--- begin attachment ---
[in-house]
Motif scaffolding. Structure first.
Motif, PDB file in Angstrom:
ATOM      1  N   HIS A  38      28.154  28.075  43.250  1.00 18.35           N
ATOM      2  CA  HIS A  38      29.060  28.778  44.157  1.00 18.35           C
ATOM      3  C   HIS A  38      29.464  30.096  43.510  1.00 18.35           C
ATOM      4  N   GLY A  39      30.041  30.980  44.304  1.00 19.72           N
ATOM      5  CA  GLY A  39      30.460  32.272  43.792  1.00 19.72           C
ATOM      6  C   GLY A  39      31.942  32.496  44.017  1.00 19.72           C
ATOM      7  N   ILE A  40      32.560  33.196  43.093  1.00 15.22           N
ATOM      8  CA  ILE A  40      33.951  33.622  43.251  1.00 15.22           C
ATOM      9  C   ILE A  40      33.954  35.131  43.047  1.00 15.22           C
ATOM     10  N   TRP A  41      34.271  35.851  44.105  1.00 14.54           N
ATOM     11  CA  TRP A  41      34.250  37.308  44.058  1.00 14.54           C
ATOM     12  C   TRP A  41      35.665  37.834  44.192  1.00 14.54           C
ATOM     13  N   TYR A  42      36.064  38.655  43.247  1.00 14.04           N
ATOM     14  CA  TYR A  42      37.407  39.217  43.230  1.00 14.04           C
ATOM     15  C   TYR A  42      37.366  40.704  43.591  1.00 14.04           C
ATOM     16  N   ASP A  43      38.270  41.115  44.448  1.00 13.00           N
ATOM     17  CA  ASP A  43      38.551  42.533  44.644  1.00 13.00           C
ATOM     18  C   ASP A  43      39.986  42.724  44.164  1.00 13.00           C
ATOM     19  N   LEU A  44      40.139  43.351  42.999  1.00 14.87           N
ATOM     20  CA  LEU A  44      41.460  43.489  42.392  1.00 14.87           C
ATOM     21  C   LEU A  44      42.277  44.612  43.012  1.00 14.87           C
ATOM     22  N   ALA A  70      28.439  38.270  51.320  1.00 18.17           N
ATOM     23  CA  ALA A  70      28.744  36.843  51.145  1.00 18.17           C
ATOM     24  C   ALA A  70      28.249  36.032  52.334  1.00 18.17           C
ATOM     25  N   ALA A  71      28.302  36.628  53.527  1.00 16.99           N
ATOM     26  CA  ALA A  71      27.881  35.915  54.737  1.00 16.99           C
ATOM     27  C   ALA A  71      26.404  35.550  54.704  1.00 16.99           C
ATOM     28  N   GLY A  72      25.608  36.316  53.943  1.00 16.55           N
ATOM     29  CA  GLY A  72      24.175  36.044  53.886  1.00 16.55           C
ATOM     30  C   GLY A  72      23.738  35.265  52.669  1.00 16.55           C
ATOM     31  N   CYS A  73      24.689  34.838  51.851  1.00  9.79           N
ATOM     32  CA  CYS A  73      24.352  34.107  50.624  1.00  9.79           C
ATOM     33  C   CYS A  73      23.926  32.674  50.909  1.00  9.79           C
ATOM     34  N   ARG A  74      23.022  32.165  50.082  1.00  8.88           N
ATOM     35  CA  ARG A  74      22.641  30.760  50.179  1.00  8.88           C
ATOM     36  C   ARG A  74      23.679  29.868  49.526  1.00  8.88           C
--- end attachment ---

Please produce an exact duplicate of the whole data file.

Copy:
[in-house]
Motif scaffolding. Structure first.
Motif, PDB file in Angstrom:
ATOM      1  N   HIS A  38      28.154  28.075  43.250  1.00 18.35           N
ATOM      2  CA  HIS A  38      29.060  28.778  44.157  1.00 18.35           C
ATOM      3  C   HIS A  38      29.464  30.096  43.510  1.00 18.35           C
ATOM      4  N   GLY A  39      30.041  30.980  44.304  1.00 19.72           N
ATOM      5  CA  GLY A  39      30.460  32.272  43.792  1.00 19.72           C
ATOM      6  C   GLY A  39      31.942  32.496  44.017  1.00 19.72           C
ATOM      7  N   ILE A  40      32.560  33.196  43.093  1.00 15.22           N
ATOM      8  CA  ILE A  40      33.951  33.622  43.251  1.00 15.22           C
ATOM      9  C   ILE A  40      33.954  35.131  43.047  1.00 15.22           C
ATOM     10  N   TRP A  41      34.271  35.851  44.105  1.00 14.54           N
ATOM     11  CA  TRP A  41      34.250  37.308  44.058  1.00 14.54           C
ATOM     12  C   TRP A  41      35.665  37.834  44.192  1.00 14.54           C
ATOM     13  N   TYR A  42      36.064  38.655  43.247  1.00 14.04           N
ATOM     14  CA  TYR A  42      37.407  39.217  43.230  1.00 14.04           C
ATOM     15  C   TYR A  42      37.366  40.704  43.591  1.00 14.04           C
ATOM     16  N   ASP A  43      38.270  41.115  44.448  1.00 13.00           N
ATOM     17  CA  ASP A  43      38.551  42.533  44.644  1.00 13.00           C
ATOM     18  C   ASP A  43      39.986  42.724  44.164  1.00 13.00           C
ATOM     19  N   LEU A  44      40.139  43.351  42.999  1.00 14.87           N
ATOM     20  CA  LEU A  44      41.460  43.489  42.392  1.00 14.87           C
ATOM     21  C   LEU A  44      42.277  44.612  43.012  1.00 14.87           C
ATOM     22  N   ALA A  70      28.439  38.270  51.320  1.00 18.17           N
ATOM     23  CA  ALA A  70      28.744  36.843  51.145  1.00 18.17           C
ATOM     24  C   ALA A  70      28.249  36.032  52.334  1.00 18.17           C
ATOM     25  N   ALA A  71      28.302  36.628  53.527  1.00 16.99           N
ATOM     26  CA  ALA A  71      27.881  35.915  54.737  1.00 16.99           C
ATOM     27  C   ALA A  71      26.404  35.550  54.704  1.00 16.99           C
ATOM     28  N   GLY A  72      25.608  36.316  53.943  1.00 16.55           N
ATOM     29  CA  GLY A  72      24.175  36.044  53.886  1.00 16.55           C
ATOM     30  C   GLY A  72      23.738  35.265  52.669  1.00 16.55           C
ATOM     31  N   CYS A  73      24.689  34.838  51.851  1.00  9.79           N
ATOM     32  CA  CYS A  73      24.352  34.107  50.624  1.00  9.79           C
ATOM     33  C   CYS A  73      23.926  32.674  50.909  1.00  9.79           C
ATOM     34  N   ARG A  74      23.022  32.165  50.082  1.00  8.88           N
ATOM     35  CA  ARG A  74      22.641  30.760  50.179  1.00  8.88           C
ATOM     36  C   ARG A  74      23.679  29.868  49.526  1.00  8.88           C